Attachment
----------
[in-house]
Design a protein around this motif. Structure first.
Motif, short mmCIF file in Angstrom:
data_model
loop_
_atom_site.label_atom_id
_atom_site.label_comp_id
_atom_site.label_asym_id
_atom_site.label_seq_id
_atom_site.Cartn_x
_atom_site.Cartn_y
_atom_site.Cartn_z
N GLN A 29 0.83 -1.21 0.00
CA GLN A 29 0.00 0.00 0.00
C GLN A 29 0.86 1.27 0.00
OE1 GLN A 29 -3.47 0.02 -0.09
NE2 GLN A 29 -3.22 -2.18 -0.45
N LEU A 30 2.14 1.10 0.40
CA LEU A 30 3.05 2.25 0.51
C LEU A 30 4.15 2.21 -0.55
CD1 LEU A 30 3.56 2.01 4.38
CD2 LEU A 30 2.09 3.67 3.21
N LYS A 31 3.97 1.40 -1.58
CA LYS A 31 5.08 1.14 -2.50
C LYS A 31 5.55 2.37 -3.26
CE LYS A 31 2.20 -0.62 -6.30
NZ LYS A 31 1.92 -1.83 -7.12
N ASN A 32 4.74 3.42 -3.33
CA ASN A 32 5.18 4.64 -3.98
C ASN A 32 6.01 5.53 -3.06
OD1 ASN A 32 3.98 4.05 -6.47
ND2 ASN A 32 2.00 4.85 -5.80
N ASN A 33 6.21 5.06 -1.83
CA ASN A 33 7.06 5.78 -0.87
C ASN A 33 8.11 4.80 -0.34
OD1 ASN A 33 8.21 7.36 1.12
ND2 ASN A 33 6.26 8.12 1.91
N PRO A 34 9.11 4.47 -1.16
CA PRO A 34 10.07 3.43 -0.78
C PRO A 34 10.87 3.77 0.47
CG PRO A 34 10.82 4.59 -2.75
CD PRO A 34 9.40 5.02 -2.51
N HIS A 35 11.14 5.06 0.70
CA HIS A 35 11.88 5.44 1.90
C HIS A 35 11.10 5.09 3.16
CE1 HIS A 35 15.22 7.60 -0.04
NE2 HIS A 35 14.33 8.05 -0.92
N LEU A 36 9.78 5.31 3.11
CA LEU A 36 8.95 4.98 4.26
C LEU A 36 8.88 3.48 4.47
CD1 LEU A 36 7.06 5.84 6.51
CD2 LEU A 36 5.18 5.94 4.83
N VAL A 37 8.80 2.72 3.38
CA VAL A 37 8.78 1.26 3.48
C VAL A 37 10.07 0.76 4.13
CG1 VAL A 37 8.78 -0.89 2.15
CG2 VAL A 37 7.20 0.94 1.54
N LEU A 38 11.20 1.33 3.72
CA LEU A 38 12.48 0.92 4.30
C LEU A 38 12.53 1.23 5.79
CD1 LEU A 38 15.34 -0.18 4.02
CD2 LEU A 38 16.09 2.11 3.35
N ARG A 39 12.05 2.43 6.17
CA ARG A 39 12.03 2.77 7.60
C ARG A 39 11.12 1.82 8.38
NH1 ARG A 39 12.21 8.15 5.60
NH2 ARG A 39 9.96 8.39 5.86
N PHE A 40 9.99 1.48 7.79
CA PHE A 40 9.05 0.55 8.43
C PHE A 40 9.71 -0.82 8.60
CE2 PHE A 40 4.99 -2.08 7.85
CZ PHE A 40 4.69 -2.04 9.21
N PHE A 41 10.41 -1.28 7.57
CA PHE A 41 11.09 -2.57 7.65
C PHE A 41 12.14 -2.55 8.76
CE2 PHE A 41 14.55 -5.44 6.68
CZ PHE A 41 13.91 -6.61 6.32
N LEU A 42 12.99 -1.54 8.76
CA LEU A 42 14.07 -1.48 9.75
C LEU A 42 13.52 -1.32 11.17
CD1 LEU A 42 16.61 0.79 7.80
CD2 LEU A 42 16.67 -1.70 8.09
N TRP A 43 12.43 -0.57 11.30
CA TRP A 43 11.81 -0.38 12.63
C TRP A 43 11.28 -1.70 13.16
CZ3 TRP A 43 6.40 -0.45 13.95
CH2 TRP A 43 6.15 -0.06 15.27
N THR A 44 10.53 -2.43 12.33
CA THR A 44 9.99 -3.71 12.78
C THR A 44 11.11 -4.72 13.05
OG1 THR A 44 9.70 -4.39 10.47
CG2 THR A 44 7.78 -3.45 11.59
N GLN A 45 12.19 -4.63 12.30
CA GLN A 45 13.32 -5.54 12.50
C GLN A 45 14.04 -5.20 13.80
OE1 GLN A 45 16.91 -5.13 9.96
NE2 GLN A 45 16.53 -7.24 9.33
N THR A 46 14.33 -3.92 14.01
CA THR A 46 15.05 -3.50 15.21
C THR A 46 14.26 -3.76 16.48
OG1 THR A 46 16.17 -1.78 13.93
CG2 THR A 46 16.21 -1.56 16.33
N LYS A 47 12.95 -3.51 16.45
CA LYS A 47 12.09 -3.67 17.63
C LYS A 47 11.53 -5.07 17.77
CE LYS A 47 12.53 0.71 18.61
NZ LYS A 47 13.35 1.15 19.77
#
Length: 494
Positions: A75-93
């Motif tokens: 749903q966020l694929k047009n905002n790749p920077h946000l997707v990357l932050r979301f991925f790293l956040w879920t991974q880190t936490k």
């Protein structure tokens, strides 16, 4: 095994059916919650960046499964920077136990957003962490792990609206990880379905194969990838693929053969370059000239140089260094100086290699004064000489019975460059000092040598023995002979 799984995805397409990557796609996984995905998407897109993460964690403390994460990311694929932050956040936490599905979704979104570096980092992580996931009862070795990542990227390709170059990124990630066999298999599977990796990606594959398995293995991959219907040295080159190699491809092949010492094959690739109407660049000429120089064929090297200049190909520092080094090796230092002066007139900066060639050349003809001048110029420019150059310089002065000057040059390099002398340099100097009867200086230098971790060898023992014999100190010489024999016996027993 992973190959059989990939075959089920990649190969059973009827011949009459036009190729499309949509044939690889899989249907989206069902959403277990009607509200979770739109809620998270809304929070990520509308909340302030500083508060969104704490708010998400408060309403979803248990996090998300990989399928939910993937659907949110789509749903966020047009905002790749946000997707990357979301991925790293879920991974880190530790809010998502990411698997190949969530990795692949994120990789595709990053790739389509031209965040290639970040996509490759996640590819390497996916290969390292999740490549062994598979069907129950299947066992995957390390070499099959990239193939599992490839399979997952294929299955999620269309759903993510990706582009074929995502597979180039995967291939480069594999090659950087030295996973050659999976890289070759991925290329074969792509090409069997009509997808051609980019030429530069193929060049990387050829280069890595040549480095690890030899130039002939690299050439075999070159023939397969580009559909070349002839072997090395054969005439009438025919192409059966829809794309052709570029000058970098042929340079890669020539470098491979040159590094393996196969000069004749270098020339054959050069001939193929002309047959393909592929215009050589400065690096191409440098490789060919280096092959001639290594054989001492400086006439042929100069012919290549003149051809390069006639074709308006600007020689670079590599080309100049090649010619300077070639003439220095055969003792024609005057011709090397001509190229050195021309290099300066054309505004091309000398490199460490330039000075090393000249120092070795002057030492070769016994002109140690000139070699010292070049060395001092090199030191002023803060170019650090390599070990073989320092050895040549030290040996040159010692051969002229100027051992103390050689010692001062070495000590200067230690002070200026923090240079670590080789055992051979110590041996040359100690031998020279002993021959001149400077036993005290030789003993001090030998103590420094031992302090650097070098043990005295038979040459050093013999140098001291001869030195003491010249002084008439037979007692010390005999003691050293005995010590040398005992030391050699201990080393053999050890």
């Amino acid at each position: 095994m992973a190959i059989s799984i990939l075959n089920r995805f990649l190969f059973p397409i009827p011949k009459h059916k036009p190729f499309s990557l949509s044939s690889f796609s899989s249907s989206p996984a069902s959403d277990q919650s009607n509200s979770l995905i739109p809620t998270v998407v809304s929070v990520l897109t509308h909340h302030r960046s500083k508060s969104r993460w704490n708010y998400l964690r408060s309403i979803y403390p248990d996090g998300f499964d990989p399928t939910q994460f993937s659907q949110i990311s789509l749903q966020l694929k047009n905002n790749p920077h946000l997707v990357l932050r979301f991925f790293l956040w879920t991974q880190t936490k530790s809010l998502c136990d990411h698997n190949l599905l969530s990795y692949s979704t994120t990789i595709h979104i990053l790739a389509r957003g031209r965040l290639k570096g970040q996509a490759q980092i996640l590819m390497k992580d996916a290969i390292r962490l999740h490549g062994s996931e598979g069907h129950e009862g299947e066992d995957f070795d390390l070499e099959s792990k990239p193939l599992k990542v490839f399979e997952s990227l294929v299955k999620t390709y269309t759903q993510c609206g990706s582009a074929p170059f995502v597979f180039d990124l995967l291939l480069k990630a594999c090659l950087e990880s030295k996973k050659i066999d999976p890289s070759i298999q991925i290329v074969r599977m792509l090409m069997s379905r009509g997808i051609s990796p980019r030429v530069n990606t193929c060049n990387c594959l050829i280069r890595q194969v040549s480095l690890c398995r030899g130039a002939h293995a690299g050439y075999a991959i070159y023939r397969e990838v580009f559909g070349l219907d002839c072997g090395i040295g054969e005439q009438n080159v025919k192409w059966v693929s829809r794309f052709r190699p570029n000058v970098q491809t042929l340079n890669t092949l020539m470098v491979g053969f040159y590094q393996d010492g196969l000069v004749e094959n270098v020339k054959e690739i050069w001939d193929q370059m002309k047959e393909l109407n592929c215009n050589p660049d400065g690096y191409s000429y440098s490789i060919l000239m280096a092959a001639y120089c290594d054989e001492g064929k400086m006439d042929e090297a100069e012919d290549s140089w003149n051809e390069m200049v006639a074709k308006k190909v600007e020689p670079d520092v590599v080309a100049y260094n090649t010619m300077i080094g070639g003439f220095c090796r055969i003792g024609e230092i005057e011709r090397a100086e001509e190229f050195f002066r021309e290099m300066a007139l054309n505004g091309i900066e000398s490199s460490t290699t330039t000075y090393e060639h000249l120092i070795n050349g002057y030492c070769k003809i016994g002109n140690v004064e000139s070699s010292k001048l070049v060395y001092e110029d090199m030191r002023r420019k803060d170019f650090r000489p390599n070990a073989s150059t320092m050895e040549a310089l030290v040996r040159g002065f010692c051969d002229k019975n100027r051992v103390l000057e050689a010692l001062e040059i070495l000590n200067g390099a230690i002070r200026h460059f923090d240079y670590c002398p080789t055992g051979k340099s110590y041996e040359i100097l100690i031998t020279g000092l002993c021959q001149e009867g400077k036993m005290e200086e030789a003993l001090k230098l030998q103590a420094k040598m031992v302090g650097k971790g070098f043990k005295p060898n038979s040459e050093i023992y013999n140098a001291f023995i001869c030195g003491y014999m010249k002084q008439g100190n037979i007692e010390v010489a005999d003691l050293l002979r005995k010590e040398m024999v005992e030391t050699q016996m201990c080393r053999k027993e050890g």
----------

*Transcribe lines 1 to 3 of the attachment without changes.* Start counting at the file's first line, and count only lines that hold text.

[in-house]
Design a protein around this motif. Structure first.
Motif, short mmCIF file in Angstrom: